Sen. Rand Paul (R-Ky.) confronted Secretary of State nominee Mike Pompeo at his confirmation hearing over a potential U.S. strike against Syria.

Appearing before the Senate Foreign Relations Committee Thursday, the CIA director was asked whether he believed President Donald Trump had the constitutional authority to bomb Syrian government targets without congressional approval.

“Does he have the authority absent congressional action to bomb Assad’s forces or installations?” Paul asked.

Pompeo replied that while the administration could work alongside Congress, ultimately he believed Trump could launch an attack without the legislature.

“Yes, I believe the president has the domestic authority to do that,” Pompeo said. “I don’t think that has been disputed by Republicans or Democrats throughout an extended period of time.”

Paul countered by pointing to the country’s founders as one group opposed to such actions.

“Actually, it was disputed mostly by our Founding Fathers who believed they gave that authority to Congress,” Paul said. “And actually they’re uniformly opposed to the Executive Branch having that power.”

The tense back-and-forth comes as the Trump administration debates whether to carry out air strikes against the Assad regime in the wake of a chemical weapons attack in Douma Saturday.

The Trump administration and numerous U.S. allies have blamed the Assad government, a claim both Syria and its ally Russia deny.

Trump on Wednesday threatened Russia over Twitter, stating that missiles would soon “be coming” to the war-torn country.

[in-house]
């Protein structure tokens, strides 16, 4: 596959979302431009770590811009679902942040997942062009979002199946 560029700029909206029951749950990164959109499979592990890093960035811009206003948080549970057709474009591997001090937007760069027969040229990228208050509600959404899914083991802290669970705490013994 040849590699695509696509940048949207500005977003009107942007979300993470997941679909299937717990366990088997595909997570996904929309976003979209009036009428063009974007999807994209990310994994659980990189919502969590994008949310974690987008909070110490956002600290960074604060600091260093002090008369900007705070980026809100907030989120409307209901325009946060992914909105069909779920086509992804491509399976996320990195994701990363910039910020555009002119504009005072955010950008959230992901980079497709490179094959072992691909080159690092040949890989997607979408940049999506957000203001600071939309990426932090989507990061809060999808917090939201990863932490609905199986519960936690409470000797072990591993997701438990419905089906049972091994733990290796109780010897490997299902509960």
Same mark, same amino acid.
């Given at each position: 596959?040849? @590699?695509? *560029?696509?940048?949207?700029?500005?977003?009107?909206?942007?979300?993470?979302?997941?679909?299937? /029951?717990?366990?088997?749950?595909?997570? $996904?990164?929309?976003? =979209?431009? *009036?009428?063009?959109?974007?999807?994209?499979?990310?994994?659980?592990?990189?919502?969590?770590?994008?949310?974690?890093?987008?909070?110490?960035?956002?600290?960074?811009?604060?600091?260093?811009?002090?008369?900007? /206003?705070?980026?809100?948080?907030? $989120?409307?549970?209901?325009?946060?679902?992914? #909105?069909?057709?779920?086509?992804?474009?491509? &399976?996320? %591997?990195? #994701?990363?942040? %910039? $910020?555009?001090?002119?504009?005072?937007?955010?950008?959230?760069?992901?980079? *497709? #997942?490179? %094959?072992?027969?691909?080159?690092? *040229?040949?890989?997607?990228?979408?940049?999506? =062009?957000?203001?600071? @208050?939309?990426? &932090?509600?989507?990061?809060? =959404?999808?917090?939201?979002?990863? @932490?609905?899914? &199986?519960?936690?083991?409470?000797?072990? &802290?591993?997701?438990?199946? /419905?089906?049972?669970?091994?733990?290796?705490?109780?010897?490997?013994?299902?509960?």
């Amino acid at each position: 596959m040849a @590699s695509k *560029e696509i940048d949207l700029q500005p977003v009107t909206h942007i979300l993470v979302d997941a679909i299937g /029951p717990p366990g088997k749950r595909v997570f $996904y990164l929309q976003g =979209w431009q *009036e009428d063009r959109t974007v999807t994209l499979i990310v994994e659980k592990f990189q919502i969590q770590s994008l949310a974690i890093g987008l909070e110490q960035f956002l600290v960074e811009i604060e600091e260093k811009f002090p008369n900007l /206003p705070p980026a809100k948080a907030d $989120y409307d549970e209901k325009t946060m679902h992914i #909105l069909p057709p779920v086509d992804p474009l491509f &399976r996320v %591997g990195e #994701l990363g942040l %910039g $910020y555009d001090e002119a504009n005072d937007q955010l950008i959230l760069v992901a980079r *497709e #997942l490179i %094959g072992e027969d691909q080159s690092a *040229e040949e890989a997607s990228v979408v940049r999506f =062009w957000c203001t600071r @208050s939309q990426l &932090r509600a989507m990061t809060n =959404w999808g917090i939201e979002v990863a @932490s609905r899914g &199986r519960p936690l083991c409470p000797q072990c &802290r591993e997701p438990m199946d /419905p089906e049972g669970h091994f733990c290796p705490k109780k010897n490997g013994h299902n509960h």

“Russia vows to shoot down any and all missiles fired at Syria. Get ready Russia, because they will be coming, nice and new and ‘smart!'” Trump said. “You shouldn’t be partners with a Gas Killing Animal who kills his people and enjoys it!”

Reports from Russian media alleged the country’s Ministry of Defense shortly after began communicating with the U.S. Joint Chiefs of Staff in an attempt to deescalate.

“Russia expects that the US will share coordinates of their targets in Syria to avoid loss of life on the Russian side,” Russia analyst Yury Barmin said on Twitter. “At the same time Moscow has already prepared a list of measures they will employ in the event of military escalation.”

The following morning Trump appeared to soften the tone, but did not rule out a strike.

“Never said when an attack on Syria would take place. Could be very soon or not so soon at all!” Trump said on Twitter. “In any event, the United States, under my Administration, has done a great job of ridding the region of ISIS. Where is our ‘Thank you America?'”

Secretary of Defense Jim Mattis claimed Thursday that despite Trump’s initial tweet, no decision had yet been made on strikes against the Assad regime.

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